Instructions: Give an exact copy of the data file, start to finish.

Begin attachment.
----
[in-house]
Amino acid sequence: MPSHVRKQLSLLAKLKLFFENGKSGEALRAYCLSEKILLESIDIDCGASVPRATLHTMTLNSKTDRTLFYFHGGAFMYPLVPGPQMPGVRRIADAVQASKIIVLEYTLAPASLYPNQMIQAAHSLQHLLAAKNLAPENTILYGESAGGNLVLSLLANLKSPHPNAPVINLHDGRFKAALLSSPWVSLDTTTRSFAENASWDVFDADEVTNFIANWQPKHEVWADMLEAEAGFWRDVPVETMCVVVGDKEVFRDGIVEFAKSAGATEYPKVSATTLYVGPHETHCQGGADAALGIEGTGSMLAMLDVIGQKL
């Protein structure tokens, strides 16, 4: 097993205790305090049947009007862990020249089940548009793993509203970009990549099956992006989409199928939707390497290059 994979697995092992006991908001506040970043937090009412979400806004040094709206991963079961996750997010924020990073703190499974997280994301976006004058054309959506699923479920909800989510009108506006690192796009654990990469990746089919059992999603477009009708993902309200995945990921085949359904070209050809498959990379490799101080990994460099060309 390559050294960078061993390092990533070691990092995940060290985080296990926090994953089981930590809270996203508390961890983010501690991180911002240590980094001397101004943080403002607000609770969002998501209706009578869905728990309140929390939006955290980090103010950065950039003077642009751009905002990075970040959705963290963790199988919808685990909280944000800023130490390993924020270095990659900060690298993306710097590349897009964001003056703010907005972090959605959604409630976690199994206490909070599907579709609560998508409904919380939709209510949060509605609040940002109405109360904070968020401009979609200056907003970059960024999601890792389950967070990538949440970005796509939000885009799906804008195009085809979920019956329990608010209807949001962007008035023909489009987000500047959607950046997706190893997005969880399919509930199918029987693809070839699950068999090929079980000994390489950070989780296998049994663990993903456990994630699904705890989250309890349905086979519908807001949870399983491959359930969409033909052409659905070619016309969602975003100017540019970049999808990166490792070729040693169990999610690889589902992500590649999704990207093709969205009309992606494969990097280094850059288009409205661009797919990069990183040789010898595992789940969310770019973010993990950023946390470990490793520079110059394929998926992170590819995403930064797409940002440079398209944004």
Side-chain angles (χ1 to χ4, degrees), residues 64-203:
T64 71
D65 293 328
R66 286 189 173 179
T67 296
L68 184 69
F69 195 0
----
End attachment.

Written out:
[in-house]
Amino acid sequence: MPSHVRKQLSLLAKLKLFFENGKSGEALRAYCLSEKILLESIDIDCGASVPRATLHTMTLNSKTDRTLFYFHGGAFMYPLVPGPQMPGVRRIADAVQASKIIVLEYTLAPASLYPNQMIQAAHSLQHLLAAKNLAPENTILYGESAGGNLVLSLLANLKSPHPNAPVINLHDGRFKAALLSSPWVSLDTTTRSFAENASWDVFDADEVTNFIANWQPKHEVWADMLEAEAGFWRDVPVETMCVVVGDKEVFRDGIVEFAKSAGATEYPKVSATTLYVGPHETHCQGGADAALGIEGTGSMLAMLDVIGQKL
């Protein structure tokens, strides 16, 4: 097993205790305090049947009007862990020249089940548009793993509203970009990549099956992006989409199928939707390497290059 994979697995092992006991908001506040970043937090009412979400806004040094709206991963079961996750997010924020990073703190499974997280994301976006004058054309959506699923479920909800989510009108506006690192796009654990990469990746089919059992999603477009009708993902309200995945990921085949359904070209050809498959990379490799101080990994460099060309 390559050294960078061993390092990533070691990092995940060290985080296990926090994953089981930590809270996203508390961890983010501690991180911002240590980094001397101004943080403002607000609770969002998501209706009578869905728990309140929390939006955290980090103010950065950039003077642009751009905002990075970040959705963290963790199988919808685990909280944000800023130490390993924020270095990659900060690298993306710097590349897009964001003056703010907005972090959605959604409630976690199994206490909070599907579709609560998508409904919380939709209510949060509605609040940002109405109360904070968020401009979609200056907003970059960024999601890792389950967070990538949440970005796509939000885009799906804008195009085809979920019956329990608010209807949001962007008035023909489009987000500047959607950046997706190893997005969880399919509930199918029987693809070839699950068999090929079980000994390489950070989780296998049994663990993903456990994630699904705890989250309890349905086979519908807001949870399983491959359930969409033909052409659905070619016309969602975003100017540019970049999808990166490792070729040693169990999610690889589902992500590649999704990207093709969205009309992606494969990097280094850059288009409205661009797919990069990183040789010898595992789940969310770019973010993990950023946390470990490793520079110059394929998926992170590819995403930064797409940002440079398209944004």
Side-chain angles (χ1 to χ4, degrees), residues 64-203:
T64 71
D65 293 328
R66 286 189 173 179
T67 296
L68 184 69
F69 195 0